Cheers and jeers

CHEERS – To “pop-up” museums. Fulton County Historian Samantha Hall-Saladino wants to introduce the county to what’s known as a “pop-up” museum. A pop-up museum is a temporary exhibit created by people who show up to participate in it. The organizer chooses a theme and venue and invites people to bring an object to share at the exhibit, which often lasts for only a few hours. Hall-Saladino wants to help bring a pop-up museum to the Gloversville Farmers Market on Aug. 23. If that goes well, she will offer the temporary display at other events and sites. The idea has worked in other places, and we’re sure it can work here. We look forward to seeing the exhibit at the farmers market, and hopefully, other local sites as well. It would be something interesting for local people to be a part of.

JEERS – To unprofessional conduct. The New York State Comptroller’s Office recently criticized the town of Johnstown in an audit for discrepancies in payroll records. The audit results are a concern, but what made the audit more alarming was town Supervisor Nancy MacVean’s written response to the state. In a sarcastic statement to the comptroller’s office, she wrote, “It’s been a real joy having you guys here. You took files from each office, threw them in boxes and buried them in the records room. We are still looking for a lot of files that were not returned to the correct offices. You also managed to start a war with the highway department and the town board. They are now starting a union at the highway department, don’t trust the Town Board and basically hate us. Thanks so much for coming. I really look forward to your next visit.” In response to that statement, the comptroller’s office wrote “we never entered the records room and all records were provided to us by town officials, which we subsequently returned.” We would think town residents would want their supervisor to be more careful and professional about what she says in written public records.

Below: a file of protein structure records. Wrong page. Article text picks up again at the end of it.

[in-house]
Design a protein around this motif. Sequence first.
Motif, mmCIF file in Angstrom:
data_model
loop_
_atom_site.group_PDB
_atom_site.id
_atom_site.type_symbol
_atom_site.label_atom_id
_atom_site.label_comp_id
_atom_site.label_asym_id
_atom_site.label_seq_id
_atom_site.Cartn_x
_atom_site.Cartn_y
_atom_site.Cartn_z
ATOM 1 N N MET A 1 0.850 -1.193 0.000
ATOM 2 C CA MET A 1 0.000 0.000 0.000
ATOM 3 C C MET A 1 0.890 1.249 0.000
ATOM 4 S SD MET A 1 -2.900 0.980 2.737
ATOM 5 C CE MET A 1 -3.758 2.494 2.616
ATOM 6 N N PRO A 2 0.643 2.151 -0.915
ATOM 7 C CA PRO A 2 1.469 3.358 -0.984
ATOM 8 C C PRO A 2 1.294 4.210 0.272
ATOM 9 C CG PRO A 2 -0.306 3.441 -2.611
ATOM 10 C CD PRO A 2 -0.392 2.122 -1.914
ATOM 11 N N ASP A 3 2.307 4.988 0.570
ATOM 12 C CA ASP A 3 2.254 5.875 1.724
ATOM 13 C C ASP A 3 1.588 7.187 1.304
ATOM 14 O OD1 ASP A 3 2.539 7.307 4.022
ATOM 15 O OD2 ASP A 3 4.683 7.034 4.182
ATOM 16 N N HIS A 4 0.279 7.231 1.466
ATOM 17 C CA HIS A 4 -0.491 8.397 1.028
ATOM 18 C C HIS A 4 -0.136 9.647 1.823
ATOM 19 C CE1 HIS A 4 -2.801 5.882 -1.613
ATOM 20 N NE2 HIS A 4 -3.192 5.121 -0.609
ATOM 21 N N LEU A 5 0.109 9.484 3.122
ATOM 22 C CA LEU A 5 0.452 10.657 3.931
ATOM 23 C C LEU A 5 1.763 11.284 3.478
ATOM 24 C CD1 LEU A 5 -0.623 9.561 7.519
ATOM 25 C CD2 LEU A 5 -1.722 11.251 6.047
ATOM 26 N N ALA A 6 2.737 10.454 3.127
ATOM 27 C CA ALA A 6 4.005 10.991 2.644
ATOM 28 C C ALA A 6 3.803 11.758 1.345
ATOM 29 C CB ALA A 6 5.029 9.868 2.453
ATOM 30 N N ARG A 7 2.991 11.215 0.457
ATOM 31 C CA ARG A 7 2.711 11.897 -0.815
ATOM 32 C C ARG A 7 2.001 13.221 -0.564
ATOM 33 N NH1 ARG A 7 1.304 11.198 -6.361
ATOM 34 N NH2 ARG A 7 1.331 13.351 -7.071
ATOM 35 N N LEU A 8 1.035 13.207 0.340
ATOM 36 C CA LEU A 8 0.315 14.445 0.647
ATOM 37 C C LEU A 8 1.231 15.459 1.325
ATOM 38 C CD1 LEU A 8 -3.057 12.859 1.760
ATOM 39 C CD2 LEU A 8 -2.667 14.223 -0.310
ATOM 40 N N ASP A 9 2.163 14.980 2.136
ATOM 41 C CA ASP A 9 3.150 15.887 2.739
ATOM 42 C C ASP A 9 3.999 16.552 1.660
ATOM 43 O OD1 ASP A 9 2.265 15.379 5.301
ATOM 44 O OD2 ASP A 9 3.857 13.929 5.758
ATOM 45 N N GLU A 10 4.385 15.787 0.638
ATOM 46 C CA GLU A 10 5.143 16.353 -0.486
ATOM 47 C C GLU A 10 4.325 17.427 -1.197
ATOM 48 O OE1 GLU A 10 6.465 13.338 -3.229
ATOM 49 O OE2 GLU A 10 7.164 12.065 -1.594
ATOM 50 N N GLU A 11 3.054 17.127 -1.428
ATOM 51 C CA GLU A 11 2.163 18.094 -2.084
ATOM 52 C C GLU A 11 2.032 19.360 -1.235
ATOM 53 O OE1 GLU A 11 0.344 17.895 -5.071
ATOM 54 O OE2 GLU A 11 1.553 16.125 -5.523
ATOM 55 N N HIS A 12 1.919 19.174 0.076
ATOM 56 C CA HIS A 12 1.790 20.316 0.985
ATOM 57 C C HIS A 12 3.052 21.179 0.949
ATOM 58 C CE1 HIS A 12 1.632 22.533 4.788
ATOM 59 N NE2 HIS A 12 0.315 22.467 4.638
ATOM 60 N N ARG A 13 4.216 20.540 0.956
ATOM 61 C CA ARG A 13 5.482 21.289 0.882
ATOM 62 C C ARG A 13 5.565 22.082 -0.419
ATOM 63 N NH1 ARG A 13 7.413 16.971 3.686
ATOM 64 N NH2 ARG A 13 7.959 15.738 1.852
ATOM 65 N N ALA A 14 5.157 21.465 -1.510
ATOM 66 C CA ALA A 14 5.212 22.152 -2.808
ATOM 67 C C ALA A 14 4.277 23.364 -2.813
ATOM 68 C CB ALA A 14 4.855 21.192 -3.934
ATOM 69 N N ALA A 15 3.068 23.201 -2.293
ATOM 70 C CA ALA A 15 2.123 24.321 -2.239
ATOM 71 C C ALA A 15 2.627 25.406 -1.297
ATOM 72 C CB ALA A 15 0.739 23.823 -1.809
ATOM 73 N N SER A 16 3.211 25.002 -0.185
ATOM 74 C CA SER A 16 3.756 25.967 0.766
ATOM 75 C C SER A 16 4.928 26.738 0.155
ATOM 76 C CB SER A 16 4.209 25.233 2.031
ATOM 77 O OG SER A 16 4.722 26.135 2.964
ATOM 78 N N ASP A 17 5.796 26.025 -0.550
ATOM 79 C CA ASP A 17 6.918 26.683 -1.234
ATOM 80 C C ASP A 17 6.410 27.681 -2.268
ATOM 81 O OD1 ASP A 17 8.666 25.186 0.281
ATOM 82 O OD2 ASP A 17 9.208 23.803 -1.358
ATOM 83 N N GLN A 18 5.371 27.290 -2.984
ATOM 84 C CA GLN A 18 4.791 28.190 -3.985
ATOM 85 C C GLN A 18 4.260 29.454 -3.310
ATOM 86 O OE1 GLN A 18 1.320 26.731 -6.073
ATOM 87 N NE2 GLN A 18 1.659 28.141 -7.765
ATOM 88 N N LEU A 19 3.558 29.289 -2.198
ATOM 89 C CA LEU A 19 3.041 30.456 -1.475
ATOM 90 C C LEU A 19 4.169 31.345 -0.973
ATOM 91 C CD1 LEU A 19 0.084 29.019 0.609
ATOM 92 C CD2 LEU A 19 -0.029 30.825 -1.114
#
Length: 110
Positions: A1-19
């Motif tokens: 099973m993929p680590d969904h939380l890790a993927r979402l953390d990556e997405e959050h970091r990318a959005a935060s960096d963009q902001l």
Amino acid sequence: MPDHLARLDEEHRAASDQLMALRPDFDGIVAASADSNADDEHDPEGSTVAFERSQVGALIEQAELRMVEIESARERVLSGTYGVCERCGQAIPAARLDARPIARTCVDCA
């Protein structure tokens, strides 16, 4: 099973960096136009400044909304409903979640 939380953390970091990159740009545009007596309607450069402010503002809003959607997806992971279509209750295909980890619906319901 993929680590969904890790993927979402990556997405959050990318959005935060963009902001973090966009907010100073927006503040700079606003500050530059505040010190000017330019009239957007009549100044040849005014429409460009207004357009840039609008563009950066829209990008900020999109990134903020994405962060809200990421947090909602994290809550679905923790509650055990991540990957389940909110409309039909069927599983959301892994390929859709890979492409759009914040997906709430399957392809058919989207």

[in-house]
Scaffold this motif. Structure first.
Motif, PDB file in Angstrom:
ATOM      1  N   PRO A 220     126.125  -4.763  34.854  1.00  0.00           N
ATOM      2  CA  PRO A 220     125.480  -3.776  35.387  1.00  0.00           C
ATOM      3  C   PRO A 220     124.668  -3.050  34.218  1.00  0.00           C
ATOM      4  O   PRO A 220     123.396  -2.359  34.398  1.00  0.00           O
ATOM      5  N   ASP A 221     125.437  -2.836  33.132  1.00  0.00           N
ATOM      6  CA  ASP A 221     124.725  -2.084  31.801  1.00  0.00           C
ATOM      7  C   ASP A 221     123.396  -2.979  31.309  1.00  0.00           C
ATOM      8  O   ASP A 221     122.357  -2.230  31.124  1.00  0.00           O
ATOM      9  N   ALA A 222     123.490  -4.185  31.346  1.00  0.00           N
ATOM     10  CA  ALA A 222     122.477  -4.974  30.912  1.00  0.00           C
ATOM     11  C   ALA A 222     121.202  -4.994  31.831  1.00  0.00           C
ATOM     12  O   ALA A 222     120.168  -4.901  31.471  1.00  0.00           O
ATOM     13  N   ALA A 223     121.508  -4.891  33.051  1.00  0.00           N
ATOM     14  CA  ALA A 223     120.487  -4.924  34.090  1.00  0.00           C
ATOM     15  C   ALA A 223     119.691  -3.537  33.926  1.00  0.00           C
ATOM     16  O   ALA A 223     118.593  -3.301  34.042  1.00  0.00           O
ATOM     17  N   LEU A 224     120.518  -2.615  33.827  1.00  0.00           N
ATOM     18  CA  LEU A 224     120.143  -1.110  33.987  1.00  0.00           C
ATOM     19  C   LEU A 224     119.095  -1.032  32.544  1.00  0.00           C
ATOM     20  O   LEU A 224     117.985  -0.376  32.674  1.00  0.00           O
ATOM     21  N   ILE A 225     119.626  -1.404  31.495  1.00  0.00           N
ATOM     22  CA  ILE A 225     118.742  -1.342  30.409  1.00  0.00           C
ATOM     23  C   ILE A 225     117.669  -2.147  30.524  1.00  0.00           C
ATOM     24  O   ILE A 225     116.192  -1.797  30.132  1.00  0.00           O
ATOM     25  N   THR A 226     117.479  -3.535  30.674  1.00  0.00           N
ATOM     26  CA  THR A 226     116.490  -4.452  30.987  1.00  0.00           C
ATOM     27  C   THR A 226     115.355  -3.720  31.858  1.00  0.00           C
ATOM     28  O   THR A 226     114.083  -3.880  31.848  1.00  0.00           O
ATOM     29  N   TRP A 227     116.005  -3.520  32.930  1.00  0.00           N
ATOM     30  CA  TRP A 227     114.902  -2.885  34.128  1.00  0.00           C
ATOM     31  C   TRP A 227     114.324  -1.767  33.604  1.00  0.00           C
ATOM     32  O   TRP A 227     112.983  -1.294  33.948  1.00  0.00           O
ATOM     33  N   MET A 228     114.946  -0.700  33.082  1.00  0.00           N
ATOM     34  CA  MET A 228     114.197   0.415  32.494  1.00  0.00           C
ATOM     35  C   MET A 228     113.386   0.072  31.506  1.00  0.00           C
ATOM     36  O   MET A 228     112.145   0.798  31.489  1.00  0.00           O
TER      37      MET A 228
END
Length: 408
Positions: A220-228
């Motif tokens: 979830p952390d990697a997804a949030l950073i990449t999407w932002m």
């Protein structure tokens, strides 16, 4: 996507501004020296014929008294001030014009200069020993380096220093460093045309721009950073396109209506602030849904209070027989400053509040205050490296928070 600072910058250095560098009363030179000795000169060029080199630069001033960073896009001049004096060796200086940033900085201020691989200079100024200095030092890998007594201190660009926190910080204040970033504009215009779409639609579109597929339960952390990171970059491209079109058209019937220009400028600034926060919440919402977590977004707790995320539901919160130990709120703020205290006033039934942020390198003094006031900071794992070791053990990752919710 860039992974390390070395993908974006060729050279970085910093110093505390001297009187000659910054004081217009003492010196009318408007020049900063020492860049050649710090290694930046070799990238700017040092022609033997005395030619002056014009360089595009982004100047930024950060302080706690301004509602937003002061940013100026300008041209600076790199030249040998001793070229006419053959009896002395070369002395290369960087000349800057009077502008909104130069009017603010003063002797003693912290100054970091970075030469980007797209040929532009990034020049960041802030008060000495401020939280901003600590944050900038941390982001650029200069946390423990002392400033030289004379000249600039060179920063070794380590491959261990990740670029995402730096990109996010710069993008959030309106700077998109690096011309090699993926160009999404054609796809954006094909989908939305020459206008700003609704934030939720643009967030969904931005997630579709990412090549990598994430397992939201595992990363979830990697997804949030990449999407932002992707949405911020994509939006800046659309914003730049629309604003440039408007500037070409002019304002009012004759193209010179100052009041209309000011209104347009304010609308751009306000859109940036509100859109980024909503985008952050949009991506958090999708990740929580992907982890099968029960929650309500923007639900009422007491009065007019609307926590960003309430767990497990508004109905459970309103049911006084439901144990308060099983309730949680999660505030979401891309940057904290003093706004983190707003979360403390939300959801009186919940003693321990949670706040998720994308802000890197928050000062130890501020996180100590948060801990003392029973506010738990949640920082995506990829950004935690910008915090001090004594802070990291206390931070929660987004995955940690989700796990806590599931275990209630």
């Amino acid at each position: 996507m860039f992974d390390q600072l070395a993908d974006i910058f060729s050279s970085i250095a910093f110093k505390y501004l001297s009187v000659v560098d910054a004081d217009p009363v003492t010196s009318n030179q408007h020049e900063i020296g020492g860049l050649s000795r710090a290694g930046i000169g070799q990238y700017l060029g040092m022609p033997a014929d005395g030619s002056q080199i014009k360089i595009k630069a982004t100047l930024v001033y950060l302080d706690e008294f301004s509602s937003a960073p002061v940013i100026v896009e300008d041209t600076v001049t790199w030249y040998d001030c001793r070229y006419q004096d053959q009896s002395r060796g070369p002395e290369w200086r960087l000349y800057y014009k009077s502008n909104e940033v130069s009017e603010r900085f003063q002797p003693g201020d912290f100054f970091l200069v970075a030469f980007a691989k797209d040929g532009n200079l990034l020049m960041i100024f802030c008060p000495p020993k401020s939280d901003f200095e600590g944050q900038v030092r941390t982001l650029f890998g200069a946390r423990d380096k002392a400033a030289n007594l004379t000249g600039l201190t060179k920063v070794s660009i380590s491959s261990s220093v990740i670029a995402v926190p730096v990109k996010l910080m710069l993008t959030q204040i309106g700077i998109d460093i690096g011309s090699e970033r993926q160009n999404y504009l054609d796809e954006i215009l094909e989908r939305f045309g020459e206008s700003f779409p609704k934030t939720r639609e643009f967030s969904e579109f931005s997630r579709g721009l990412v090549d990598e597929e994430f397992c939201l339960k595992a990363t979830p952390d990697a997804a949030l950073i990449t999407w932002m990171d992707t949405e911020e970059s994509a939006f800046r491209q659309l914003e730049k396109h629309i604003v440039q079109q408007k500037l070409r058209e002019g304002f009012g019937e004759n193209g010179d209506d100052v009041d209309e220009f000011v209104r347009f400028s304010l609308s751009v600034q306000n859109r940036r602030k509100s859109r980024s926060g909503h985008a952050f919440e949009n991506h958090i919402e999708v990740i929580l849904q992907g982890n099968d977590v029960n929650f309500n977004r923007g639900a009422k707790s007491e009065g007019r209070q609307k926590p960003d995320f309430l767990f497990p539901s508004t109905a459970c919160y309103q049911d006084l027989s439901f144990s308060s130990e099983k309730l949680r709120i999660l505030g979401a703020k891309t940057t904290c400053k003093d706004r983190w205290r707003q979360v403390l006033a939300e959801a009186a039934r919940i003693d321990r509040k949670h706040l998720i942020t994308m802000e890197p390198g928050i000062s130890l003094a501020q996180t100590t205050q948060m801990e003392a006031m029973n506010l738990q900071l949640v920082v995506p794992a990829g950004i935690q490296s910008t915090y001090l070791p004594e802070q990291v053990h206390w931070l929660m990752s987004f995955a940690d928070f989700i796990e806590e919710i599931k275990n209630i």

CHEERS – To a fundraising effort. The Shrine of Our Lady of Martyrs is trying to raise a million dollars for crucial repairs. Thanks to people’s generosity, the shrine is making good progress since the campaign began two months ago. The shrine has raised about $250,000, enough to eliminate the threat of having to close the shrine, said fund drive organizer Joey Caruso. Among the work that needs to be done: roof and window replacement, painting, installation of a new water system, bathroom and parking lot upgrades, and repairs to the St. Kateri Chapel. We encourage people to keep sending the donations. The shrine is a beautiful place to visit, whether you’re there for a Mass or simply to see the grounds. Thousands of people visit the shrine every year. The place is worth saving, whether you are a person of faith or not.